By Eriq Gardner
Comcast is suing the Federal Communications Commission, challenging the government agency's authority to enforce a policy statement relating to the regulation of how ISPs thwart customers using peer-to-peer networks.
Last August, FCC chairman Kevin Martin came down hard on Comcast
after the company took steps to delay or block subscriber downloads and uploads of movies, TV shows, and music. At the time, Comcast argued the need to clamp down on customer usage of P2P applications because they were causing congestion on the network. In response, the FCC wondered whether Comcast's real motivation was in protecting the cable television industry from potential online competitive threats.
"Would it be OK if the post office opened your mail, decided they didn't want to bother delivering it, and hid that fact by sending it back to you stamped 'address unknown — return to sender'?" wrote Martin in a opinion
that ordered Comcast to stop being a traffic cop.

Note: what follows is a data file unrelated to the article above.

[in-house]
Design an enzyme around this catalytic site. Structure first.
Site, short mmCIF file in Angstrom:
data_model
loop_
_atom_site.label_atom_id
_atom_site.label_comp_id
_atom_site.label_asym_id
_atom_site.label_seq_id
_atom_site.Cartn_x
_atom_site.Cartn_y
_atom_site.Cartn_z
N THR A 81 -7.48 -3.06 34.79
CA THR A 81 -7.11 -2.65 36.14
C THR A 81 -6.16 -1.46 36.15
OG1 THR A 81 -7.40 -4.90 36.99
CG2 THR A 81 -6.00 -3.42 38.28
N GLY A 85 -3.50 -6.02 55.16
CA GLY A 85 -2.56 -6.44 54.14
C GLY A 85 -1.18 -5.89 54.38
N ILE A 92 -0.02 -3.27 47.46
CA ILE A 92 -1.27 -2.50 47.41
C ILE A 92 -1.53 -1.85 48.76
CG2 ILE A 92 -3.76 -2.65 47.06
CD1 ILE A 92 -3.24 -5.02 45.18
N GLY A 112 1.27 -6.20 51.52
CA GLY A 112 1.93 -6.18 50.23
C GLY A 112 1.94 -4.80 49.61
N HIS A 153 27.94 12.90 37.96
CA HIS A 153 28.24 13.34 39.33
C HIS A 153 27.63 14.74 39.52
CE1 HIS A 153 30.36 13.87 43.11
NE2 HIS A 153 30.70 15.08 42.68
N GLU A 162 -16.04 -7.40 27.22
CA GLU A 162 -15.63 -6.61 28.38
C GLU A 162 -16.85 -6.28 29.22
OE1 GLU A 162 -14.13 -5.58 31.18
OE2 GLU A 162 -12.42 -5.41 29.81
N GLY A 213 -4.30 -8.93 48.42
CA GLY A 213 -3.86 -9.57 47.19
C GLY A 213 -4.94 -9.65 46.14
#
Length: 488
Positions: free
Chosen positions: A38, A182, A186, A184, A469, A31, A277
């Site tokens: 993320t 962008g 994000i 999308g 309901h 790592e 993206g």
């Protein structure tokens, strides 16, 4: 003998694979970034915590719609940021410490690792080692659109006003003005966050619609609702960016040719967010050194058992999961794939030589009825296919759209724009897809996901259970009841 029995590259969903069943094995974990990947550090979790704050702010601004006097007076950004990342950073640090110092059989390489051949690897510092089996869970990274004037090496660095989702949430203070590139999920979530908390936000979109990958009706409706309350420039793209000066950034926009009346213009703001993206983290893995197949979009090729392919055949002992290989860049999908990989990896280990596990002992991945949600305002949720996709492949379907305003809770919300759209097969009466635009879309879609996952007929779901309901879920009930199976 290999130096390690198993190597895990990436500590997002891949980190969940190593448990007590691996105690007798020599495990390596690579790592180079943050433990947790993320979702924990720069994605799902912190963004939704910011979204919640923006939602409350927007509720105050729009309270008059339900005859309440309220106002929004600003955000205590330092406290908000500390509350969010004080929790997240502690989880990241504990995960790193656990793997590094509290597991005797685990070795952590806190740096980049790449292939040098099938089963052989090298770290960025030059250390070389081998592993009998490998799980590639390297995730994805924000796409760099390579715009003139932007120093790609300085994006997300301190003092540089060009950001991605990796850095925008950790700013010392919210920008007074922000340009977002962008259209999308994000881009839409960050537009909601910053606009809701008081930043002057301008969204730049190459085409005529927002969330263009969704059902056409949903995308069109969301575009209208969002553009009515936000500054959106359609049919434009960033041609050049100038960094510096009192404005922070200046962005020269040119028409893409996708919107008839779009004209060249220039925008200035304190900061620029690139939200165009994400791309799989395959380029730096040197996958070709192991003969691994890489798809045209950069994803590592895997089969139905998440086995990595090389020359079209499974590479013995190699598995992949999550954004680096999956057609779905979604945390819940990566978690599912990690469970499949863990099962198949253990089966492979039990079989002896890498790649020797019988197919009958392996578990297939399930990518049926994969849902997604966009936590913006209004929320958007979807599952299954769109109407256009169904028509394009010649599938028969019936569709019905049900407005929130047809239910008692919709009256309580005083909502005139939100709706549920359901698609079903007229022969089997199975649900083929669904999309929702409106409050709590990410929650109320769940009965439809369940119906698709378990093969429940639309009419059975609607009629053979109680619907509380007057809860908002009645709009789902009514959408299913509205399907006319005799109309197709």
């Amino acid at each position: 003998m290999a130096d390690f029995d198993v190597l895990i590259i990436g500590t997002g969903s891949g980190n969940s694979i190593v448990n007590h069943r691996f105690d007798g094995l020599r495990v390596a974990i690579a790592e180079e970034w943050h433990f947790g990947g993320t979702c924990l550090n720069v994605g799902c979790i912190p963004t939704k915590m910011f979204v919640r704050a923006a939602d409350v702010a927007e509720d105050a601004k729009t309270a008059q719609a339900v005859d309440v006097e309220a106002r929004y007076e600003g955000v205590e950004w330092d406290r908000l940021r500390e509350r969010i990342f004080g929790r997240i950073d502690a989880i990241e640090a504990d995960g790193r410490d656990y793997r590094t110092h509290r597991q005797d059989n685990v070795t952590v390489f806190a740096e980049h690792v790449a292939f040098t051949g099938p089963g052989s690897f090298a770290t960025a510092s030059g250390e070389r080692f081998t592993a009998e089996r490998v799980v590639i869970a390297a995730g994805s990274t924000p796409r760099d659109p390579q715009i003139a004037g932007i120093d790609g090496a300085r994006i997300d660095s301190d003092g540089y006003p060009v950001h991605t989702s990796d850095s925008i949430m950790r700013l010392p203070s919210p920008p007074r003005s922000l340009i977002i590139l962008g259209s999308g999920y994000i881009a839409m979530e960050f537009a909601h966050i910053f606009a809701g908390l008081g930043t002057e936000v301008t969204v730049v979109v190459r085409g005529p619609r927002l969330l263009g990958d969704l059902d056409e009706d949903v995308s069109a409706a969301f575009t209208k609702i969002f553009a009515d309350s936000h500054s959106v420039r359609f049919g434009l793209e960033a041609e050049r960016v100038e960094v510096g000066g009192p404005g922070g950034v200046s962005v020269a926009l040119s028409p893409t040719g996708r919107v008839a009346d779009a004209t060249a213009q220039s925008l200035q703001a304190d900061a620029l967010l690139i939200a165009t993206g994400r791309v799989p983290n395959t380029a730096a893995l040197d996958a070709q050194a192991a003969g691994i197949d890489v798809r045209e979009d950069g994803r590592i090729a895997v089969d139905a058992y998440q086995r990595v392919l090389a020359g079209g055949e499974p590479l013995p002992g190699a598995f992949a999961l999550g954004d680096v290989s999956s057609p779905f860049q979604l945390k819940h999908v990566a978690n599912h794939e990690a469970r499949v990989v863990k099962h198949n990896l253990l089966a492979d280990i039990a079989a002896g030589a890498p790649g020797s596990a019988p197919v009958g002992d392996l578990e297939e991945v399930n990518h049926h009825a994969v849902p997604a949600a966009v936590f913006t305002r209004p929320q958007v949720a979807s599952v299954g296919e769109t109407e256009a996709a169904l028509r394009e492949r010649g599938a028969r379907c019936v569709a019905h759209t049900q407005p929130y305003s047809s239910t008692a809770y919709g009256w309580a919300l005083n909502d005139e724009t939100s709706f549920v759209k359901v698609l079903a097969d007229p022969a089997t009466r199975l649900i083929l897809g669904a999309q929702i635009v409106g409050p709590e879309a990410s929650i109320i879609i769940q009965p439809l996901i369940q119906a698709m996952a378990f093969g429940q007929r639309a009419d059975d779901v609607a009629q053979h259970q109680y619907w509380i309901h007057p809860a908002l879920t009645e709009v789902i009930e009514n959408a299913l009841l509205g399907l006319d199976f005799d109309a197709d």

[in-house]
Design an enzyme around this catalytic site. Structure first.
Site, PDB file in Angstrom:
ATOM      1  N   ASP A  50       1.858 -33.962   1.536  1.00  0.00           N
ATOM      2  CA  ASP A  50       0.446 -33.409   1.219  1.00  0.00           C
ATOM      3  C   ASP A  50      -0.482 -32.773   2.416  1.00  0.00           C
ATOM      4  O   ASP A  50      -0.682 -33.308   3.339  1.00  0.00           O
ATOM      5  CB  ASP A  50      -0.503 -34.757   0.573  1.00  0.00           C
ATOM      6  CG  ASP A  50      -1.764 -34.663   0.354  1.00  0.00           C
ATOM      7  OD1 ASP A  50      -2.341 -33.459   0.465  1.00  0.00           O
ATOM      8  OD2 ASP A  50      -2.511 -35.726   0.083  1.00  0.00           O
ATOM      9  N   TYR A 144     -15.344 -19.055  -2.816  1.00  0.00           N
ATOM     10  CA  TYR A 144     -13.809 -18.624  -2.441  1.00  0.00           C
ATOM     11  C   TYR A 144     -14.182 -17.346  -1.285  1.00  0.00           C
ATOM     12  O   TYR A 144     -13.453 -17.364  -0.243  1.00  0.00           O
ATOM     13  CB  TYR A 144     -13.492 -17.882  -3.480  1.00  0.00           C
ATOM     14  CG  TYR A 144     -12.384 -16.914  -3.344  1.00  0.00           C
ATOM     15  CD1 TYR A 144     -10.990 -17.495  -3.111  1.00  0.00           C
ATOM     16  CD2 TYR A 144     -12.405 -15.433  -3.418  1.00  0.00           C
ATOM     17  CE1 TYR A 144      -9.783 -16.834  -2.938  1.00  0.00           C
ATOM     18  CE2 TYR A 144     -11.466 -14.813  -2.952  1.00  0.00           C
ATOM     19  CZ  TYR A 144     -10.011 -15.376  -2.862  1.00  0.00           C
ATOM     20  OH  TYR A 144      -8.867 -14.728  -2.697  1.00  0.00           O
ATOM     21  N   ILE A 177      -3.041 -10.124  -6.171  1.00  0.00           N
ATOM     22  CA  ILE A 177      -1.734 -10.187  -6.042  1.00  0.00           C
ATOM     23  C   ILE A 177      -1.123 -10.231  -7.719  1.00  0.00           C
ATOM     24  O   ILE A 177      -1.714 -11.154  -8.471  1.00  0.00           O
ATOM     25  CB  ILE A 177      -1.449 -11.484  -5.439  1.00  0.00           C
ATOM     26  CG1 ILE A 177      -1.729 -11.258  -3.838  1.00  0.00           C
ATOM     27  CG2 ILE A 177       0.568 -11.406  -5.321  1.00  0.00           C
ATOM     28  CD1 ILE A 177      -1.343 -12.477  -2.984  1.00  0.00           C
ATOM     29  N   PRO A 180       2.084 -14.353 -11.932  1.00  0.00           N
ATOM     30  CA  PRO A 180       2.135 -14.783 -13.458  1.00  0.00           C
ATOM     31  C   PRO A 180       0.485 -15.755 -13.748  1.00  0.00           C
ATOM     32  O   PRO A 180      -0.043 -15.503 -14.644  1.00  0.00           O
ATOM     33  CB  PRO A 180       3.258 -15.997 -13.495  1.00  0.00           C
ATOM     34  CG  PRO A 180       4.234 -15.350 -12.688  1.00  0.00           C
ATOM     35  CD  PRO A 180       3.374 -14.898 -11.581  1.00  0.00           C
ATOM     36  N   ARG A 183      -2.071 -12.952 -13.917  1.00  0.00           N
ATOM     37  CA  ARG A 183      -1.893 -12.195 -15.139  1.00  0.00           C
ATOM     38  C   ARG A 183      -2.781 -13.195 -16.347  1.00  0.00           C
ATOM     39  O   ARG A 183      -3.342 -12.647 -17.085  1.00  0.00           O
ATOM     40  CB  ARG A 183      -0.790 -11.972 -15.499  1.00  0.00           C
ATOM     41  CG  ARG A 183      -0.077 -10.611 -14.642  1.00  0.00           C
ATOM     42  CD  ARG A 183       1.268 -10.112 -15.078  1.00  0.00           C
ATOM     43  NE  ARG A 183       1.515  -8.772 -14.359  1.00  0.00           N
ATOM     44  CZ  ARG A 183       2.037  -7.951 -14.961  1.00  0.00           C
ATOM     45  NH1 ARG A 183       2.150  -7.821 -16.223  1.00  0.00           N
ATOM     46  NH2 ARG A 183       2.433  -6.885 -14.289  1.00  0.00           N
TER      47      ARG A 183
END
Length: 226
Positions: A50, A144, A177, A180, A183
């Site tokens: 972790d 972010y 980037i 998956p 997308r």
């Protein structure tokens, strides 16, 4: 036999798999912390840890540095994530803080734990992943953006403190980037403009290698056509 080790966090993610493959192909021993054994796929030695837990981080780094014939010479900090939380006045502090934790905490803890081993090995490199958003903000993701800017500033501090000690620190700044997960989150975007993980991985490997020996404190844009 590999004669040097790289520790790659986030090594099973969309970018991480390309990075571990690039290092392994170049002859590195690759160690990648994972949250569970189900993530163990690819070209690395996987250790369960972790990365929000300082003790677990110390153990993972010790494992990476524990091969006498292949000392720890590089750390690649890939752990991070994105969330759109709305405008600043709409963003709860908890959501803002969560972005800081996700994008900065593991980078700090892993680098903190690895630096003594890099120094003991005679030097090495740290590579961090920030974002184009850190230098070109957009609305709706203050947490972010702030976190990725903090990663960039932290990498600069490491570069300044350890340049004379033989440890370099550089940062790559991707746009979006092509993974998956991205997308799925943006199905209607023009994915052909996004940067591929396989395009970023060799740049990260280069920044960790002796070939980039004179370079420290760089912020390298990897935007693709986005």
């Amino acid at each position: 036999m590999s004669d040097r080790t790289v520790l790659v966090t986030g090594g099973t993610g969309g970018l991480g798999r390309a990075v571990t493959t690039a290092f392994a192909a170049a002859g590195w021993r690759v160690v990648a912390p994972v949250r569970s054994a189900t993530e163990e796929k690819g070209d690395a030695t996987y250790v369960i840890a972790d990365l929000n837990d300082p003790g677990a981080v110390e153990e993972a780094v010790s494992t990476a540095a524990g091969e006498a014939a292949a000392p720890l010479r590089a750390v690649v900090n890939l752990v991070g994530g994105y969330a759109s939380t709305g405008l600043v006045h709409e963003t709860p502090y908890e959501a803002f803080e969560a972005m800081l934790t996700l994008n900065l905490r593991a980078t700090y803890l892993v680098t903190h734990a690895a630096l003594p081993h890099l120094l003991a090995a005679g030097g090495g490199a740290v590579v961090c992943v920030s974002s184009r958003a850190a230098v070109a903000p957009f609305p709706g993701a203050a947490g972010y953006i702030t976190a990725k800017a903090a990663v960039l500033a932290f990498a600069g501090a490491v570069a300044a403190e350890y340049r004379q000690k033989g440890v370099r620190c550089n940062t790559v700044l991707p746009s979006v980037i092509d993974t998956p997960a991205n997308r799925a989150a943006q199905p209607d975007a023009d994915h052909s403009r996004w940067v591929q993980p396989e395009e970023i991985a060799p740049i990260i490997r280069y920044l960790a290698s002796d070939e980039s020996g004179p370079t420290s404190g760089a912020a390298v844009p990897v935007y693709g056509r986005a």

Now, about a year after Martin delivered his rebuke, Comcast sends the FCC its own challenge, saying in an opening brief to D.C. Appeals Court that the agency is basically inventing federal Internet policy without authority.
"For the FCC to conclude that an entity has acted in violation of federal law and to take enforcement action for such a violation, there must have been 'law' to violate," says the Opening Brief
. "Here, no such law existed."
Comcast is being supported in this action by NBC Universal, the National Cable and Telecommunications Association, and Qwest Communications International, who are appearing as intervenors.
UPDATE: Previously, we wrote that Comcast was challenging the government agency's authority to regulate how ISPs thwart customers using peer-to-peer networks. Comcast clarifies they are not disputing the agency's authority to regulate in this area if it chooses, but rather the enforceability of its policy statement and whether the FCC went through the proper channels to establish regulations.